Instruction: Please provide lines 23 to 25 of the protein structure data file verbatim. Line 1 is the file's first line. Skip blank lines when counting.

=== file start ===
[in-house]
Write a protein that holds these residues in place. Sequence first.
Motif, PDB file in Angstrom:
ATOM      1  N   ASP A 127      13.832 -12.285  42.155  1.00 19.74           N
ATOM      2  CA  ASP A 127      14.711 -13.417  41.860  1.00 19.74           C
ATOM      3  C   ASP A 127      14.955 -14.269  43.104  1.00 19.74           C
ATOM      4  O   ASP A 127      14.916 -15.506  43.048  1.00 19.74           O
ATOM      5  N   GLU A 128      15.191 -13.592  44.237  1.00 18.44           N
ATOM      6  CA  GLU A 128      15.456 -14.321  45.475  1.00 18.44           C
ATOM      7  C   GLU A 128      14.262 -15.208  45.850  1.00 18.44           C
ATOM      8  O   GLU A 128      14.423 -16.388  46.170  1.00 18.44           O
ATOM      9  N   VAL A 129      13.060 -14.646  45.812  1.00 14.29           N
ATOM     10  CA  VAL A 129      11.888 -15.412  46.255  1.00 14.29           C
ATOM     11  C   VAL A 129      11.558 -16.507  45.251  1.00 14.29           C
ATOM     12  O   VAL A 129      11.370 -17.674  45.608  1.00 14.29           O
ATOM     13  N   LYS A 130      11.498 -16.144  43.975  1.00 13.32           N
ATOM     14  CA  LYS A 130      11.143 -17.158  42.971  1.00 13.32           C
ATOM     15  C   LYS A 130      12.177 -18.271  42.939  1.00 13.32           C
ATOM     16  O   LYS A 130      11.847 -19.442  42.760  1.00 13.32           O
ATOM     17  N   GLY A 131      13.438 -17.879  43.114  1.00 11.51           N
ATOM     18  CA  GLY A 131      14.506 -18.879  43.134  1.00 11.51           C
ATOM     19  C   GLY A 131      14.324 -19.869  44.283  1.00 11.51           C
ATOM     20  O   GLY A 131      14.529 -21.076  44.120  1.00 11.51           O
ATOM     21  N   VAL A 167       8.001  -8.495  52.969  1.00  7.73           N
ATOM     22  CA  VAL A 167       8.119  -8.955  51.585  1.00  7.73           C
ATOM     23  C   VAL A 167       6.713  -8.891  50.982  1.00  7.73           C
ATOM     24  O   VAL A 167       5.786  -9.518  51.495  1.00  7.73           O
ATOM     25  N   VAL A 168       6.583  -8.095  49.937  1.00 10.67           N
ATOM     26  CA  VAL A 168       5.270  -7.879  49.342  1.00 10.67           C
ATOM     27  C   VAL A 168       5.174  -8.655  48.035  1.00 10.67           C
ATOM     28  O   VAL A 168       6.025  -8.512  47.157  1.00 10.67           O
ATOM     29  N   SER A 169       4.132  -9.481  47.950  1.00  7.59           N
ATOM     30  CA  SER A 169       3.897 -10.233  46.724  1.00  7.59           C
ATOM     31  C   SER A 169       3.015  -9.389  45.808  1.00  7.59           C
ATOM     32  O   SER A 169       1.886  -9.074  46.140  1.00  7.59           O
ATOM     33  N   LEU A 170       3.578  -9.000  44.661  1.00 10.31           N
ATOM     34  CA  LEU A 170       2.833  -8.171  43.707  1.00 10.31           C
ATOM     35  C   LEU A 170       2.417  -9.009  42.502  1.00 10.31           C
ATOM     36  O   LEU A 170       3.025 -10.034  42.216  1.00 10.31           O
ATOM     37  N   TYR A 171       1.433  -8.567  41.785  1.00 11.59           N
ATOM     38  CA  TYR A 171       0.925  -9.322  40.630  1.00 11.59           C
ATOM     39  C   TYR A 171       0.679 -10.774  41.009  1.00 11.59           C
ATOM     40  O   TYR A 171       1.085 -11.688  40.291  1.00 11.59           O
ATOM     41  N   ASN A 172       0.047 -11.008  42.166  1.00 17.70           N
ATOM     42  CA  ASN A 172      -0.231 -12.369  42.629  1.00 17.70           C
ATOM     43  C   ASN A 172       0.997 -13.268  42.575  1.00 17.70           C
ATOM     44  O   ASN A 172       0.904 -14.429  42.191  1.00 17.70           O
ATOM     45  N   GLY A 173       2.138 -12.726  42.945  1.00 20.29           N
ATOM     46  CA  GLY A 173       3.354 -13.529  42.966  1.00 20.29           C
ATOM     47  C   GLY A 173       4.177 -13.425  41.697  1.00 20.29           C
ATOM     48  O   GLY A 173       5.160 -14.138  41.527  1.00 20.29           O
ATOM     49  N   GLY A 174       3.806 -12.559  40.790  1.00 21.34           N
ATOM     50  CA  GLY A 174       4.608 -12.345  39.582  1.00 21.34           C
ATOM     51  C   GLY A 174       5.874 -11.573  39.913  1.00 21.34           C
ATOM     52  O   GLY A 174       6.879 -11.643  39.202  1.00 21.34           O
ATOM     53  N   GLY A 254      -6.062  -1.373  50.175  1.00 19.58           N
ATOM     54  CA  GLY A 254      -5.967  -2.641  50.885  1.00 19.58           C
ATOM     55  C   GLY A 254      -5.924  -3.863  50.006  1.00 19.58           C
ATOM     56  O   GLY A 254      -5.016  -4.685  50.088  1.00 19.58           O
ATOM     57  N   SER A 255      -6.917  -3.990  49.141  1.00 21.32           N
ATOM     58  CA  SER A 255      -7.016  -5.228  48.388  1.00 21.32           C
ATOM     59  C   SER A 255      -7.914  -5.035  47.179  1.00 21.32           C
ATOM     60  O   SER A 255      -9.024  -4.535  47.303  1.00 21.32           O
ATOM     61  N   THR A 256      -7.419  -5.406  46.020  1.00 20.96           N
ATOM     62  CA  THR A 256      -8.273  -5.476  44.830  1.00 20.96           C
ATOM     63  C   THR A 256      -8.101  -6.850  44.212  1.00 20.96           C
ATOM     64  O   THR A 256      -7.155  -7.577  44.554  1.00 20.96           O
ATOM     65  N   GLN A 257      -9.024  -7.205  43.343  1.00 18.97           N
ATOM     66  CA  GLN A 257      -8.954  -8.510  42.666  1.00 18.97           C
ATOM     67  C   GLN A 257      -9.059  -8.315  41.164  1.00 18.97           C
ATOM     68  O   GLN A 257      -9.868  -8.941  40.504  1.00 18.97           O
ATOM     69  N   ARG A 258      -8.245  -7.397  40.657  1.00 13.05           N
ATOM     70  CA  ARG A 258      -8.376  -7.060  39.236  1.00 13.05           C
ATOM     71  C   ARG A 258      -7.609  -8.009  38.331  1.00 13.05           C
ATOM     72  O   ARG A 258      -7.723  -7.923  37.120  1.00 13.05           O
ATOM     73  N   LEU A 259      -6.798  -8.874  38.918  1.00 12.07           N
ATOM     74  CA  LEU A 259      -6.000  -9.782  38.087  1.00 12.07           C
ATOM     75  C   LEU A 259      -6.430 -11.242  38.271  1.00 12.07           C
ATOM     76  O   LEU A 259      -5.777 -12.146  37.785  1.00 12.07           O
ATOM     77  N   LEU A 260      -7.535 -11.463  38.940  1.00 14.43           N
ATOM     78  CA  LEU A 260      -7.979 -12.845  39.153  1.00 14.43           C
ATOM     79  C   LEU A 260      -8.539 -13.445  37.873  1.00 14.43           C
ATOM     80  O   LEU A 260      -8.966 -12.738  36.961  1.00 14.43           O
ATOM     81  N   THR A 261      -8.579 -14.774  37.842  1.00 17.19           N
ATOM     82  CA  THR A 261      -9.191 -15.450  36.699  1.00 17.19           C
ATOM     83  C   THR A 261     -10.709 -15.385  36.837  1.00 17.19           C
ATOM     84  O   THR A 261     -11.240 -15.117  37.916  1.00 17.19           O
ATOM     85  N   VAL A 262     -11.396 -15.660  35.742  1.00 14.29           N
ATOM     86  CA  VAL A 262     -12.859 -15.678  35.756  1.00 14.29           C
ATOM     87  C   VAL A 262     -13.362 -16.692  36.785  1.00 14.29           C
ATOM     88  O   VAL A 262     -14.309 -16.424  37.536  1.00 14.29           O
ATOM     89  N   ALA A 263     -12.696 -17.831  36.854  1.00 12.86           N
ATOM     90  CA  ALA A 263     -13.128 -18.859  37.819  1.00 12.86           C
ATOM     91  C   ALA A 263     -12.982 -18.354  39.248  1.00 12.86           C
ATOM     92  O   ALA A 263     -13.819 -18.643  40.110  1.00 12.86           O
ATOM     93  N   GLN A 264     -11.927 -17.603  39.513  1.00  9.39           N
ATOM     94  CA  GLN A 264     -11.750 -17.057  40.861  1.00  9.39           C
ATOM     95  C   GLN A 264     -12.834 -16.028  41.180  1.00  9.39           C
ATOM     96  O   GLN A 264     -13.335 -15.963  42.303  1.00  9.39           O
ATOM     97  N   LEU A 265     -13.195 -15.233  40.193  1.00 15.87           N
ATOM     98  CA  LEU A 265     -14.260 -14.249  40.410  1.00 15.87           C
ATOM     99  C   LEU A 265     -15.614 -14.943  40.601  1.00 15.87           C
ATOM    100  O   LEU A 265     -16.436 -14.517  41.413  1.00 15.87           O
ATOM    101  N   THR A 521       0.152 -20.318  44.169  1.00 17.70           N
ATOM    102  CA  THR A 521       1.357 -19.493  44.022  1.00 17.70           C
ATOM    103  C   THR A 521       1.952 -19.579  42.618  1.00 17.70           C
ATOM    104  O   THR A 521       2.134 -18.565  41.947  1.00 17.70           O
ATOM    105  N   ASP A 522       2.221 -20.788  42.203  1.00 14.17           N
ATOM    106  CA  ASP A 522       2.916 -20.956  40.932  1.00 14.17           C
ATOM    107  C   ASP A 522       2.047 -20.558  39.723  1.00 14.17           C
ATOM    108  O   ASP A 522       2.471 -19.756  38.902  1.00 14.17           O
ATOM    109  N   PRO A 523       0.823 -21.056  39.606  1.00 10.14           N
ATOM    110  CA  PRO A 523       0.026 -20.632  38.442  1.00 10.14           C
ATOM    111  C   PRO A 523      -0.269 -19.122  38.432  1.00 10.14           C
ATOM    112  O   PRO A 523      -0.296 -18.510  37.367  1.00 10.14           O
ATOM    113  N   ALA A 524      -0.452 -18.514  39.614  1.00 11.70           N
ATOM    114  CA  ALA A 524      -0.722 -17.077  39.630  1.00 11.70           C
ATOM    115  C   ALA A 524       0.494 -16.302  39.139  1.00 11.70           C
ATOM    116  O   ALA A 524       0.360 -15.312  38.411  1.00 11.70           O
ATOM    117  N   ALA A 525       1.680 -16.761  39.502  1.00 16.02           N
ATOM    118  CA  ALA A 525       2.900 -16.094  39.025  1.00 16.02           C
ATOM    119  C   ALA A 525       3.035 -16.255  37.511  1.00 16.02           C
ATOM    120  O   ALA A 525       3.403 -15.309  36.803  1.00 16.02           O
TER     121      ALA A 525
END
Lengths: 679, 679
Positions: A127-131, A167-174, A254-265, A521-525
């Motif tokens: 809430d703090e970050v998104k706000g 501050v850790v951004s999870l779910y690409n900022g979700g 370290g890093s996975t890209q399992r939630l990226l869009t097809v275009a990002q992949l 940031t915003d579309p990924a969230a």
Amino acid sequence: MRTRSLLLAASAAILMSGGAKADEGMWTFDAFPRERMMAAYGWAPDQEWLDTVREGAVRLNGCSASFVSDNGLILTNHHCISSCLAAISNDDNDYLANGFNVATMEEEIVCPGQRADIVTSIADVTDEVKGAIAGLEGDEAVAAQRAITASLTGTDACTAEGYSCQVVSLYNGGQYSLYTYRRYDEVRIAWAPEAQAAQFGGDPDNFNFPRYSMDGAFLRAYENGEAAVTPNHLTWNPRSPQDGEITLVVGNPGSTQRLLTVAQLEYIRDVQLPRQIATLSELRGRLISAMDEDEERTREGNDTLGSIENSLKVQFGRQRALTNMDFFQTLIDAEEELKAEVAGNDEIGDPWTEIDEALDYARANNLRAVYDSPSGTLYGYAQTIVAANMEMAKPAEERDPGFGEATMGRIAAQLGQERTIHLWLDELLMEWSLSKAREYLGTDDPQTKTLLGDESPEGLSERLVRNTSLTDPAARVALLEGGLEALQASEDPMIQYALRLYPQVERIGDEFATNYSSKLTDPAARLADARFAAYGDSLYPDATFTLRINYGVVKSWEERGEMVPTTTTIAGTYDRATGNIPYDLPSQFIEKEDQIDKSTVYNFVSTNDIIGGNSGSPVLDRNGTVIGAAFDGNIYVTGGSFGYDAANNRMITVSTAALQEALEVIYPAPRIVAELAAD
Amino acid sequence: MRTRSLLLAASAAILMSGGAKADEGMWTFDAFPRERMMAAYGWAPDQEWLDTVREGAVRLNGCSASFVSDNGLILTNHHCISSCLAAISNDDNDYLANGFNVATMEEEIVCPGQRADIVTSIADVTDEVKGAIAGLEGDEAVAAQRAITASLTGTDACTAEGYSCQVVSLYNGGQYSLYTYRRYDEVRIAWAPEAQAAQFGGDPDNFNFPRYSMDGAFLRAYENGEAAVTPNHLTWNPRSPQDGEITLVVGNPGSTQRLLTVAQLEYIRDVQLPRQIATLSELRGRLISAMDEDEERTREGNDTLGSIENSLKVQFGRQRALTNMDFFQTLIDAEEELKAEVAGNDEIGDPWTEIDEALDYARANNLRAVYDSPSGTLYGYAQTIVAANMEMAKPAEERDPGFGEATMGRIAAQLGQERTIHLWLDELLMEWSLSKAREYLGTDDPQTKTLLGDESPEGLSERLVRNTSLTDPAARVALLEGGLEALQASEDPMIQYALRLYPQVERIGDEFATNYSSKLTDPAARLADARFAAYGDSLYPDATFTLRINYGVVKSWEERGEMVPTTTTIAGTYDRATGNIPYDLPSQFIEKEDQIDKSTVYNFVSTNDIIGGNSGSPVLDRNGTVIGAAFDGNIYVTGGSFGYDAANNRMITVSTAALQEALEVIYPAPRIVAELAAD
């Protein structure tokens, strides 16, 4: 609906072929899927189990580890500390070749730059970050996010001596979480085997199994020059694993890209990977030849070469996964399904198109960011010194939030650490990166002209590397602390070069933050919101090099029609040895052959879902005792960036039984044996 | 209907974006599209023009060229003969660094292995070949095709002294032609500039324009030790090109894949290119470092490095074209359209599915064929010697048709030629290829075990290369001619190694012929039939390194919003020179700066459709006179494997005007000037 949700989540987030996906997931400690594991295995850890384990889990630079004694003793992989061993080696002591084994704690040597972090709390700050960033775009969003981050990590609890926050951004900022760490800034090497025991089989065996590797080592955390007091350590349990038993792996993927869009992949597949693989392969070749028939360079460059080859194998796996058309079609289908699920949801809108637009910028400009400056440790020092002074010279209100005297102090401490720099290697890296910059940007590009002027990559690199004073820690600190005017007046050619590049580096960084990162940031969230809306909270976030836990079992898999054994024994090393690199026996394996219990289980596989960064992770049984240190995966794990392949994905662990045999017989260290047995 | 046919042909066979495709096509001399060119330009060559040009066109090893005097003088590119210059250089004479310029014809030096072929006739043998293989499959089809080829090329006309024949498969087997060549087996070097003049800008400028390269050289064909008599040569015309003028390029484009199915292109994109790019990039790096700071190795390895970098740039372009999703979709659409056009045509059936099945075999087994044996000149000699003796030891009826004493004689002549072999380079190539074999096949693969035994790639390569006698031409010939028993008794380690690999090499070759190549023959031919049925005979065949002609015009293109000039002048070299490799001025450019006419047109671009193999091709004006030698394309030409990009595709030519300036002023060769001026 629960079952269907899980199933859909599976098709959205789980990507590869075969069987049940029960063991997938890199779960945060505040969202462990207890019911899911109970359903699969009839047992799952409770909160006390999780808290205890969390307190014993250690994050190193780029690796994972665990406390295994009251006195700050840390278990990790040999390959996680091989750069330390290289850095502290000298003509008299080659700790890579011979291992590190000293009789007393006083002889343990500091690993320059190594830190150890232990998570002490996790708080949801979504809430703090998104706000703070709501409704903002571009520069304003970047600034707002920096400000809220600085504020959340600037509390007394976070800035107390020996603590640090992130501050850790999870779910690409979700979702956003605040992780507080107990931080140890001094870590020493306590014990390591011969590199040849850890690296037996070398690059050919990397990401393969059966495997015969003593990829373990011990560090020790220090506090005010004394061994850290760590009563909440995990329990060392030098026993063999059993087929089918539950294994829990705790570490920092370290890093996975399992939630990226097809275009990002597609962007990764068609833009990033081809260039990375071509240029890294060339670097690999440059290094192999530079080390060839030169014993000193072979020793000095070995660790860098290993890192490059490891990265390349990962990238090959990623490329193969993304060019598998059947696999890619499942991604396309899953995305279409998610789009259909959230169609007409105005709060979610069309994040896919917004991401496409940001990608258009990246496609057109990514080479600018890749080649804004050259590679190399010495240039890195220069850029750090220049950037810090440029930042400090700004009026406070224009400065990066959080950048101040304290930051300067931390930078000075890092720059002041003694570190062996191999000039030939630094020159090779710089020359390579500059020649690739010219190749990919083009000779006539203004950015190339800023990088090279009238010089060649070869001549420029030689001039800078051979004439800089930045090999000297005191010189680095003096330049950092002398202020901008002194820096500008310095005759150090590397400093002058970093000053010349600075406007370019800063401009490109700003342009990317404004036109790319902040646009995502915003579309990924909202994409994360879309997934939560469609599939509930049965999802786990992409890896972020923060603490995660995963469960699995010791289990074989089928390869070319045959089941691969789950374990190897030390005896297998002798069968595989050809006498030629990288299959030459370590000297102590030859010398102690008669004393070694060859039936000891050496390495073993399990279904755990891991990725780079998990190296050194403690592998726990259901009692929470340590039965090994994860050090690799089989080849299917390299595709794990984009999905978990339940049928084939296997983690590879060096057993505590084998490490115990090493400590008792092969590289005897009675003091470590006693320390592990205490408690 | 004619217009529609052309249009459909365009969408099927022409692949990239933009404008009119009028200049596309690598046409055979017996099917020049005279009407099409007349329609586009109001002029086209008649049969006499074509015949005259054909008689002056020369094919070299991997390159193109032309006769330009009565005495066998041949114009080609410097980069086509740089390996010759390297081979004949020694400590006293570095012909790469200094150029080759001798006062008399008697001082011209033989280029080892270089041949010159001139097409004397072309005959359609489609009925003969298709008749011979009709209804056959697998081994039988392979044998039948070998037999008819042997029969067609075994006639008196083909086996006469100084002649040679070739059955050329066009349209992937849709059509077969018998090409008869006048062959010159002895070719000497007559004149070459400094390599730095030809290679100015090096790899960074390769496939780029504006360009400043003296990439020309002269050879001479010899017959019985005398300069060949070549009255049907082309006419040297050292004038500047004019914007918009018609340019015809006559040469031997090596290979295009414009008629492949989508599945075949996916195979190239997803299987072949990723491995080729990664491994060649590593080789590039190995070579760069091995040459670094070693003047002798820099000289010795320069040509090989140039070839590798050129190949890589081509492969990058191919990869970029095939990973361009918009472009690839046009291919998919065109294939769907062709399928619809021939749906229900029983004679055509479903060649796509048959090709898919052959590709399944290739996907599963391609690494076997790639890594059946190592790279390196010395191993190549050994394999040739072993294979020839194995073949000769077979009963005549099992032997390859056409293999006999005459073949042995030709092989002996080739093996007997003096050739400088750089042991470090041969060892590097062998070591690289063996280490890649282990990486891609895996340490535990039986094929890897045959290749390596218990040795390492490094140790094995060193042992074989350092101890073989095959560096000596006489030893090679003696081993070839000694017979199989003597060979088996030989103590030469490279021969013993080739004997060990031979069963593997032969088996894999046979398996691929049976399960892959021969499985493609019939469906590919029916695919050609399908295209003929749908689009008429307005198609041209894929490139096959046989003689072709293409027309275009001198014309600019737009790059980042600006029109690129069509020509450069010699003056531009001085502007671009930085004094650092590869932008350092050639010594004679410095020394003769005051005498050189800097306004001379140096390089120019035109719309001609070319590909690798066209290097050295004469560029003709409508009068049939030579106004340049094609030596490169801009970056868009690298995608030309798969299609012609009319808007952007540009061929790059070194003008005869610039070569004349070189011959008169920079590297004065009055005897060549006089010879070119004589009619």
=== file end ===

ATOM     20  O   GLY A 131      14.529 -21.076  44.120  1.00 11.51           O
ATOM     21  N   VAL A 167       8.001  -8.495  52.969  1.00  7.73           N
ATOM     22  CA  VAL A 167       8.119  -8.955  51.585  1.00  7.73           C